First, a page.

Microscopically, fibrous pseudotumours exhibit fibroblastic and myofibroblastic proliferation of cells within a hyalinized collagenous stroma. Mixed inflammatory cell infiltrates, granulation-like tissue, calcification, ossification, and myxoid change may be seen Some postulate that fibrous pseudotumours represent the ''burnt-out'' end of a spectrum of reactive lesions, the opposite end of which would be a lesion largely composed of granulation-like tissue or cellular, fasciitis-like tissue.3,5,6
Although fibrous pseudotumours of the testicular tunics are accepted as reactive lesions, their pathogenesis is not well understood. They are often associated with a hydrocoele, trauma, or an infection or inflammatory process; however, it is still unclear if they actually initiate this fibrous proliferation. Some suggest that lymphatic obstruction have a role in the development of these lesions.2 The cell of origin for fibrous pseudotumours appears to be the fibroblast or myofibroblast as suggested by immunohistochemical studies performed.3,8<./sup>
The differential diagnosis for a fibrous pseudotumour of the testicular tunics includes&nbsp;&nbsp; leiomyoma, fibroma of the tunics, and idiopathic fibromatosis. Morphologic appearances of these lesions, the presence or absence of an infiltrative border, and ancillary studies can distinguish them in most instances. As in our case, the diagnosis in most cases was established after a radical orchidectomy, owing to clinical resemblance to malignant testicular lesion, although sometimes preservation of the testicle was possible with the nodular form of the disease.8
In summary, we describe another case of a rare testicular lesion, a fibromatous periorchitis/diffuse fibrous pseudotumour that most often has a nodular growth pattern. An identical case has been reported previously in the English literature.3 Fibrous pseudotumours are within the spectrum of benign paratesticular lesions and should be considered in the differential diagnosis when one encounters a predominantly fibrocollagenous lesion.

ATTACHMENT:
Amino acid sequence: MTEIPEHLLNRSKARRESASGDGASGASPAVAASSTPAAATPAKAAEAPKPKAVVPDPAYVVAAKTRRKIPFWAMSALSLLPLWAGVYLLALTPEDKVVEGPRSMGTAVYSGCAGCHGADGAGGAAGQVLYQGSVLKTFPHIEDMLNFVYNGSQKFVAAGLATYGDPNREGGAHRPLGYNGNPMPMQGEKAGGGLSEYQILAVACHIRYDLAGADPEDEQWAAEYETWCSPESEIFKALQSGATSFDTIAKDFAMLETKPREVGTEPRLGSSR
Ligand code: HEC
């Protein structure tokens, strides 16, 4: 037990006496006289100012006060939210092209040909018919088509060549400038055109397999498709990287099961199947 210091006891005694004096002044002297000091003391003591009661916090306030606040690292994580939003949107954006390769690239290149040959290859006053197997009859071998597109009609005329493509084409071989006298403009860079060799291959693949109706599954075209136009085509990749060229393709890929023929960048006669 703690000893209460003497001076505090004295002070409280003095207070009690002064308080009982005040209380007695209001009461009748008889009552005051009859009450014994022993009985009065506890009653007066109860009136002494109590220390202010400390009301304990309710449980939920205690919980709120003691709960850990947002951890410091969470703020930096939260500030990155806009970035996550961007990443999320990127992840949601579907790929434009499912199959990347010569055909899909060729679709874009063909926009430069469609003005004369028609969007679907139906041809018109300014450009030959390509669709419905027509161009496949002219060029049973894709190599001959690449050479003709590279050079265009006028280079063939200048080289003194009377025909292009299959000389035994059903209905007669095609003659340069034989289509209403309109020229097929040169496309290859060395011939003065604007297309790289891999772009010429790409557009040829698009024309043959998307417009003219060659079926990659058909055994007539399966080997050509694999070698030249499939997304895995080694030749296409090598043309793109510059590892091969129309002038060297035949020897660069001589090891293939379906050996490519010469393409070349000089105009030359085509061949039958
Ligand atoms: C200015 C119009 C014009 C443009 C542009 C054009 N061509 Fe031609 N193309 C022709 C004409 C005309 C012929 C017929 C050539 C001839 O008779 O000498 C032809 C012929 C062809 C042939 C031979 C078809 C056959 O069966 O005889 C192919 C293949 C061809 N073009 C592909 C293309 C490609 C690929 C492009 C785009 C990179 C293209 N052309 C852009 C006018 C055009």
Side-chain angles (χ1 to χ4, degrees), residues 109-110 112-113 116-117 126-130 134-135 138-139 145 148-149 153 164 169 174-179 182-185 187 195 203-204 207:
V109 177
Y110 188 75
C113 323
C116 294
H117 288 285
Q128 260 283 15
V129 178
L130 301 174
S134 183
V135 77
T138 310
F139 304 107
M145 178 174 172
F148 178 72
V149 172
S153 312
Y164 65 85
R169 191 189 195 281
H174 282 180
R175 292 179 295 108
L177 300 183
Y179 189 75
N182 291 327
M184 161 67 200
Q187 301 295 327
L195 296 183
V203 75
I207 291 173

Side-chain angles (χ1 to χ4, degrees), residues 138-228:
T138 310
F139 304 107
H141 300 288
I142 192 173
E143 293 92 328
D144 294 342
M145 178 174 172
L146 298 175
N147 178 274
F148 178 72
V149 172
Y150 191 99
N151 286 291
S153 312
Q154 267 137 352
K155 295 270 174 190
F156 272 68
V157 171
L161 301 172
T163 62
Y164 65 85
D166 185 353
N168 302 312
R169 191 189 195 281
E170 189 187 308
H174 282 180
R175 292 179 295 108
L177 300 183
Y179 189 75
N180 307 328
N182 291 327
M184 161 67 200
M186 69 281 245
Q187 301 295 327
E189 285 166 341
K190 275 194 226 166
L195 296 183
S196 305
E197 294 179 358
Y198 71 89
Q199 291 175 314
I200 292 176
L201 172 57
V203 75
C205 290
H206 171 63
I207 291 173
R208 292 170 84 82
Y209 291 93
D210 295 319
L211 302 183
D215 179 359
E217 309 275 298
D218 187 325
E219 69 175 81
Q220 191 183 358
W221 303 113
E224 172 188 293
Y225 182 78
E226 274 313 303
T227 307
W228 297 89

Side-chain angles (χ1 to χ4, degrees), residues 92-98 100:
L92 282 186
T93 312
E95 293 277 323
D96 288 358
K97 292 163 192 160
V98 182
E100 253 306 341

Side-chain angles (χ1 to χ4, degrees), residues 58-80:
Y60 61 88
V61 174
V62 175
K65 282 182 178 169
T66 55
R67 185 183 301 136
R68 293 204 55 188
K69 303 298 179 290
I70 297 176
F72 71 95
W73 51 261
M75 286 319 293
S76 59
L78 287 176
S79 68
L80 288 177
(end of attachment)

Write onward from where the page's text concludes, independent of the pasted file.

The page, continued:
Conclusion

Fibromatous periorchitis is a distinctly uncommon presumably reactive lesion, with in a broad category of fibrous pseudotumours, clinically simulating malignancy of paratesticular or testicular origin. Radical orchiectomy may be necessary because of difficulty in removing the lesional tissue while preserving the testis. This lesion should be considered in the differential diagnosis when one encounters a lesion with predominantly fibrocollagenous stroma.

References

1. Ulbright TM, Amin MB, Young RH. Tumors of the Testis, Adnexa, Spermatic Cord, and Scrotum. Atlas of Tumor Pathology. 3rd series. Fascicle 25. Edited by    Juan Rosai: Washington, DC: Armed Forces Institute of Pathology; 1999: 317-9.
2. Mostofi FK, Price EB. Tumors of the Male Genital System. In Atlas of Tumor Pathology. 2nd series. Fascicle 8. Edited by Harlan I.Firminger: Washington, DC: Armed Forces Institute of Pathology, 1973:151-4
3. Seethala RR, Tirkes AT, Weinstein S, Tomaszewski JE, Malkowicz SB, Genega EM. Diffuse fibrous pseudotumor of the testicular tunics associated with an inflamed hydrocele. Arch Pathol Lab Med 2003, 127:742-4.
4. Parveen T, Fleischmann J, Petrelli M. Benign fibrous tumor of the tunica vaginalis testis. Report of a case with light, electron microscopic, and immunocytochemical study, and review of the literature. Arch Pathol Lab Med. 1992, 116:277-80.
5. Jones MA, Young RH, Scully RE. Benign fibromatous tumors of testis and paratesticular region: a report of 9 cases with a proposed classification of fibromatous tumors and tumor-like lesions. Am J Surg Pathol 1997, 21:296-305.
6. Oliva E, Young RH. Paratesticular tumor-like lesions. Semin Diagn Pathol  2000; 17: 340-58.
7. Tobias-Machado M, Correa Lopes Neto A, Heloisa Simardi L, Borrelli M, Wroclawski ER. Fibrous pseudotumor of tunica vaginalis and epididymis. Urology 2000; 56 :670-2.
8. Sonmez K, Turkyilmaz Z, Boyacioglu M, Edal? N, Ozen O, Basaklar AC, et al. Diffuse fibrous proliferation of tunica vaginalis associated with testicular infarction: a case report. J Pediatr Surg. 2001, 36:1057-8.